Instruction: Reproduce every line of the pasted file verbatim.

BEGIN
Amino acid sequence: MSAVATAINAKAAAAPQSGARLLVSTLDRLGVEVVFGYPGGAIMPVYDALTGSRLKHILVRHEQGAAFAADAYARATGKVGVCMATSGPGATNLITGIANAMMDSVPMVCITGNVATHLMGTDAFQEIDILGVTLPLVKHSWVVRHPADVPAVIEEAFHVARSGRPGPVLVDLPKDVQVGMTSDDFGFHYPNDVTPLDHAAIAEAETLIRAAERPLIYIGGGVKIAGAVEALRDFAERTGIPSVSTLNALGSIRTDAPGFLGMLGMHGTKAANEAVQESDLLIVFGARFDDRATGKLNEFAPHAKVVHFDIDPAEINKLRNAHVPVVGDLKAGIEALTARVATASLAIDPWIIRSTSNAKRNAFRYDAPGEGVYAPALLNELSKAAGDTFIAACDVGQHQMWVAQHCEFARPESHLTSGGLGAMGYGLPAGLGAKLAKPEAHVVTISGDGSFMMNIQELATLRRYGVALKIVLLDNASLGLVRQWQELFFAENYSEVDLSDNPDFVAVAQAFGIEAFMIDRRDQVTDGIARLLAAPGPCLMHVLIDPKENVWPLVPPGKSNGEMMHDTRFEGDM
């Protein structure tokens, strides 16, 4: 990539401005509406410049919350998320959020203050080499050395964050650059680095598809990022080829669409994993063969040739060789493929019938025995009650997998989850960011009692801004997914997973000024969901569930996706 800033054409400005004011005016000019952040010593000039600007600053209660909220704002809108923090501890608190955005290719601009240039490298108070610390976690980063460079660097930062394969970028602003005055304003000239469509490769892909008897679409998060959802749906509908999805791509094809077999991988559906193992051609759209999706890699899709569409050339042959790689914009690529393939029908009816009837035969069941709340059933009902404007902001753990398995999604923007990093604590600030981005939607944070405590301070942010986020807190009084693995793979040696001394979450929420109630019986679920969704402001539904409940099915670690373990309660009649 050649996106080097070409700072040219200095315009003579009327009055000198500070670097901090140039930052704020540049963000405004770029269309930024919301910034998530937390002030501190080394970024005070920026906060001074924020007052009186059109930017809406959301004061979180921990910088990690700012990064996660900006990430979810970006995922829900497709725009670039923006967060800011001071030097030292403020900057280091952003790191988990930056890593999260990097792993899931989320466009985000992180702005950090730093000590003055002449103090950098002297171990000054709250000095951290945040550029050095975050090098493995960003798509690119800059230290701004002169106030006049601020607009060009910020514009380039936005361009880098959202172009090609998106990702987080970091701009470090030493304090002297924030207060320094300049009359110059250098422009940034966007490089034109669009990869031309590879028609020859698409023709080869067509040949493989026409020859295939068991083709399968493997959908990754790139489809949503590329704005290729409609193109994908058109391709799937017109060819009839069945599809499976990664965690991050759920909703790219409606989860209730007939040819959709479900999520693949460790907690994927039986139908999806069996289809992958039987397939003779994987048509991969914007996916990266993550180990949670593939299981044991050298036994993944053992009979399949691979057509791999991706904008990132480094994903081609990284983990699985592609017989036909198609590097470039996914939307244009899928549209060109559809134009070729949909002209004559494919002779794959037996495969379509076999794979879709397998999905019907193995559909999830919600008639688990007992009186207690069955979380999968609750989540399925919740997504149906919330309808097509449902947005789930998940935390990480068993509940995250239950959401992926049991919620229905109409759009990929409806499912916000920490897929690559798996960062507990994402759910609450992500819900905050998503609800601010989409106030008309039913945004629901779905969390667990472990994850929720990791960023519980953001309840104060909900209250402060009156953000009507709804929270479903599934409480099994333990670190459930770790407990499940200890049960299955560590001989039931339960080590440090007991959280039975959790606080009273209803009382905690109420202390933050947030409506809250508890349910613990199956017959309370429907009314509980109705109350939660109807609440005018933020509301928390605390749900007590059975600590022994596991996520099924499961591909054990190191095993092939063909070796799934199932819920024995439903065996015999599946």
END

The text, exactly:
Amino acid sequence: MSAVATAINAKAAAAPQSGARLLVSTLDRLGVEVVFGYPGGAIMPVYDALTGSRLKHILVRHEQGAAFAADAYARATGKVGVCMATSGPGATNLITGIANAMMDSVPMVCITGNVATHLMGTDAFQEIDILGVTLPLVKHSWVVRHPADVPAVIEEAFHVARSGRPGPVLVDLPKDVQVGMTSDDFGFHYPNDVTPLDHAAIAEAETLIRAAERPLIYIGGGVKIAGAVEALRDFAERTGIPSVSTLNALGSIRTDAPGFLGMLGMHGTKAANEAVQESDLLIVFGARFDDRATGKLNEFAPHAKVVHFDIDPAEINKLRNAHVPVVGDLKAGIEALTARVATASLAIDPWIIRSTSNAKRNAFRYDAPGEGVYAPALLNELSKAAGDTFIAACDVGQHQMWVAQHCEFARPESHLTSGGLGAMGYGLPAGLGAKLAKPEAHVVTISGDGSFMMNIQELATLRRYGVALKIVLLDNASLGLVRQWQELFFAENYSEVDLSDNPDFVAVAQAFGIEAFMIDRRDQVTDGIARLLAAPGPCLMHVLIDPKENVWPLVPPGKSNGEMMHDTRFEGDM
């Protein structure tokens, strides 16, 4: 990539401005509406410049919350998320959020203050080499050395964050650059680095598809990022080829669409994993063969040739060789493929019938025995009650997998989850960011009692801004997914997973000024969901569930996706 800033054409400005004011005016000019952040010593000039600007600053209660909220704002809108923090501890608190955005290719601009240039490298108070610390976690980063460079660097930062394969970028602003005055304003000239469509490769892909008897679409998060959802749906509908999805791509094809077999991988559906193992051609759209999706890699899709569409050339042959790689914009690529393939029908009816009837035969069941709340059933009902404007902001753990398995999604923007990093604590600030981005939607944070405590301070942010986020807190009084693995793979040696001394979450929420109630019986679920969704402001539904409940099915670690373990309660009649 050649996106080097070409700072040219200095315009003579009327009055000198500070670097901090140039930052704020540049963000405004770029269309930024919301910034998530937390002030501190080394970024005070920026906060001074924020007052009186059109930017809406959301004061979180921990910088990690700012990064996660900006990430979810970006995922829900497709725009670039923006967060800011001071030097030292403020900057280091952003790191988990930056890593999260990097792993899931989320466009985000992180702005950090730093000590003055002449103090950098002297171990000054709250000095951290945040550029050095975050090098493995960003798509690119800059230290701004002169106030006049601020607009060009910020514009380039936005361009880098959202172009090609998106990702987080970091701009470090030493304090002297924030207060320094300049009359110059250098422009940034966007490089034109669009990869031309590879028609020859698409023709080869067509040949493989026409020859295939068991083709399968493997959908990754790139489809949503590329704005290729409609193109994908058109391709799937017109060819009839069945599809499976990664965690991050759920909703790219409606989860209730007939040819959709479900999520693949460790907690994927039986139908999806069996289809992958039987397939003779994987048509991969914007996916990266993550180990949670593939299981044991050298036994993944053992009979399949691979057509791999991706904008990132480094994903081609990284983990699985592609017989036909198609590097470039996914939307244009899928549209060109559809134009070729949909002209004559494919002779794959037996495969379509076999794979879709397998999905019907193995559909999830919600008639688990007992009186207690069955979380999968609750989540399925919740997504149906919330309808097509449902947005789930998940935390990480068993509940995250239950959401992926049991919620229905109409759009990929409806499912916000920490897929690559798996960062507990994402759910609450992500819900905050998503609800601010989409106030008309039913945004629901779905969390667990472990994850929720990791960023519980953001309840104060909900209250402060009156953000009507709804929270479903599934409480099994333990670190459930770790407990499940200890049960299955560590001989039931339960080590440090007991959280039975959790606080009273209803009382905690109420202390933050947030409506809250508890349910613990199956017959309370429907009314509980109705109350939660109807609440005018933020509301928390605390749900007590059975600590022994596991996520099924499961591909054990190191095993092939063909070796799934199932819920024995439903065996015999599946």